Admin Alert: Robot/SCHEDULE’s DST Work-Around and More
February 25, 2009 Joe Hertvik
Rather than cover one topic this week, let’s look at three issues that recently crept into my in-box. I’ll explain some additional work you may need to perform to keep Help/Systems’ Robot/SCHEDULE software running fat and happy during Daylight Saving Time changes; go over my updated list of i5/OS system monitoring tools; and expand on what type of post-upgrade backups you should perform after an i5/OS software upgrade.
Another Daylight Savings Problem To Worry About
United States Daylight Savings Time (DST) begins this year on March 8, 2009.
Believe it or not, it’s only been since i5/OS V5R3 that IBM added automated DST support to the operating system. Before then, most shops had to grow their own solution for automatically changing system clocks or somebody had to get up at 2 a.m. (in one or more time zones) to manually adjust and change system time settings. With V5R3, DST support appeared and life got easier for automatically making DST changes in March and November.
Unfortunately, this situation isn’t totally automated for some i5/OS third-party products. I was recently reviewing the February 2009 issue of Help/Systems’ Robot/New newsletter. In this issue, Help/Systems is telling its customers that “…the most important thing to keep in mind is that Robot/SCHEDULE must be inactive when the [DST] time change is made,” and they provide instructions for how to keep SCHEDULE in sync with your system during the DST cutover. So even though i5/OS has automated DST time changes, if you use Robot/SCHEDULE in your shop, you will still need to shut down and restart SCHEDULE to make sure it works properly after the time change.
Help/Systems does not mention why you need to shut down and restart SCHEDULE during the DST time change, only that you need to do it. They also don’t provide which versions of SCHEDULE are affected by the time change, so it’s prudent to assume that this requirement affects all versions.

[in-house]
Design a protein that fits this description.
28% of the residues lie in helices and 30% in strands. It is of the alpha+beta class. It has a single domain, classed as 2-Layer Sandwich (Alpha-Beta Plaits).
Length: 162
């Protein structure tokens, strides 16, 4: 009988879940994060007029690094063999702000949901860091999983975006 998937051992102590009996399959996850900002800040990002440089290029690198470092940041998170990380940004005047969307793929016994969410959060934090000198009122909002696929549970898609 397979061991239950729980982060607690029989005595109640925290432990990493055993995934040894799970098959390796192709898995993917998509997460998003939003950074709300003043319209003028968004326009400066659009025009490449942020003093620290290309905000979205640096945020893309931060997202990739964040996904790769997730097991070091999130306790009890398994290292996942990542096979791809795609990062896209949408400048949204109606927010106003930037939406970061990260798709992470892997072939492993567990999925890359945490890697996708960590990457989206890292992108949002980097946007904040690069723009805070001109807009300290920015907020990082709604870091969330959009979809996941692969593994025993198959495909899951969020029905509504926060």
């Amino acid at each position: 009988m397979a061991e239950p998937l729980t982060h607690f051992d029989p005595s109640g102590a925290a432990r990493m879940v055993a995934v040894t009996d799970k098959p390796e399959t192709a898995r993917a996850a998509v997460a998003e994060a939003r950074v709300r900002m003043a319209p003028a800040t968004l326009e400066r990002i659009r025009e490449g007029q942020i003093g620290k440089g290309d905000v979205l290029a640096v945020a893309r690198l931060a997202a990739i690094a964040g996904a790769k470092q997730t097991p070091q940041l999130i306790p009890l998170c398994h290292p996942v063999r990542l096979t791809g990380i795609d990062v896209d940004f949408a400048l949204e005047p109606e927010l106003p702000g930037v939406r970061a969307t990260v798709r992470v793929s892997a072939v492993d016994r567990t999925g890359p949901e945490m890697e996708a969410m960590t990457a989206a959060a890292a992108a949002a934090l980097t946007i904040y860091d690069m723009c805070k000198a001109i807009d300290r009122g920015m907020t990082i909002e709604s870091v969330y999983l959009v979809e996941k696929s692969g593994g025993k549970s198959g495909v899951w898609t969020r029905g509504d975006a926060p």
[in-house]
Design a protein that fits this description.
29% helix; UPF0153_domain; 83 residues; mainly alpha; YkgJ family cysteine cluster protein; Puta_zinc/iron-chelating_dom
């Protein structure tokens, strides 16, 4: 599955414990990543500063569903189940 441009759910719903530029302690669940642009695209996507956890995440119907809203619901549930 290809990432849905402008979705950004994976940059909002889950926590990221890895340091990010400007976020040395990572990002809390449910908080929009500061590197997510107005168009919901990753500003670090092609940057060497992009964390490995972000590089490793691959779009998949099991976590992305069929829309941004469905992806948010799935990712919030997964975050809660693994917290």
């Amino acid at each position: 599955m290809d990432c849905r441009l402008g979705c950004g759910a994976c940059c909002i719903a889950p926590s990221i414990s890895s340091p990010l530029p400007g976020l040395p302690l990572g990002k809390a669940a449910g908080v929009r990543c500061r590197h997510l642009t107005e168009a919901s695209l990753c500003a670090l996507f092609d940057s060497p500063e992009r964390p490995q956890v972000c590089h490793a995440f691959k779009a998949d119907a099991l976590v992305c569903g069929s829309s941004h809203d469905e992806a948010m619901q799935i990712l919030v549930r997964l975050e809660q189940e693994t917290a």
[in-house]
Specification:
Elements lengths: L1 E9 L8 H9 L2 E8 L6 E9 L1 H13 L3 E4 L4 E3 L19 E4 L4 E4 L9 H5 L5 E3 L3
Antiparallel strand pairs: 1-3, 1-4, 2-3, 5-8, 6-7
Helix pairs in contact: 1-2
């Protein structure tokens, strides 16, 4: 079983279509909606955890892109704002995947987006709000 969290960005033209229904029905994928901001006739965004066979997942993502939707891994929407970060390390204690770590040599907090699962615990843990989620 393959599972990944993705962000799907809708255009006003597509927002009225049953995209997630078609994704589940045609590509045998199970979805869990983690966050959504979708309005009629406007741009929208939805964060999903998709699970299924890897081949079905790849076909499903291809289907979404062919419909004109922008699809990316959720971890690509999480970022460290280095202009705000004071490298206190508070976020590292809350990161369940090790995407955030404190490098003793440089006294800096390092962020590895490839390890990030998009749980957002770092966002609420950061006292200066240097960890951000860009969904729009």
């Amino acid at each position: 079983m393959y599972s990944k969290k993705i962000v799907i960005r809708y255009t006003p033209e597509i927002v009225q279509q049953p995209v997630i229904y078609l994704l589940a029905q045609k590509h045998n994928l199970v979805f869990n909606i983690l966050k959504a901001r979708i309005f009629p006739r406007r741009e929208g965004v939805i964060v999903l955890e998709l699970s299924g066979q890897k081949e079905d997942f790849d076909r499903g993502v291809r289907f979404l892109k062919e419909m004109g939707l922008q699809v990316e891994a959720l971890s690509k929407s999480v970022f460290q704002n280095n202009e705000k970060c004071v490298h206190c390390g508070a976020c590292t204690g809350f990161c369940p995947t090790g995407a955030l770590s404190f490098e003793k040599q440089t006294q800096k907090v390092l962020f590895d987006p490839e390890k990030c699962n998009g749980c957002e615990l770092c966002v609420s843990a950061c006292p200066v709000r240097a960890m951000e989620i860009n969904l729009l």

Given Help/Systems’ warning, you have four options for dealing with Robot/SCHEDULE on March 8 at 2 a.m.:
Help/Systems’ Website also contains configuration instructions for running any jobs that were missed while Robot/SCHEDULE was turned off.
So if you’re using Robot/SCHEDULE as your job scheduling solution, be sure to check out Help/Systems’ information to see if you need to stop and restart the product during the DST change.
More i5/OS Monitoring Software Vendors than Joe Thought Possible
In recent articles, I mentioned several vendors who offer i5/OS automated monitoring tools for alerting you when problems occur on your system. I previously spotlighted Bytware’s MessengerConsole, Help/Systems’ Robot/ALERT, and CCSS’ QSystem Monitor package, as well as Halcyon Software’s Message monitor package, which is part ofHalcyon’s Monitor Suite package for iSeries.
I thought I had all the packages nailed when just last week, reader Mark Lazarus told me about another monitoring package. Software Engineering of America (SEA) also offers a System i message management product called absMessage, which Mark tells me is quite a good piece of software. So be sure to add SEA to your list of vendors to evaluate when looking for system monitoring software.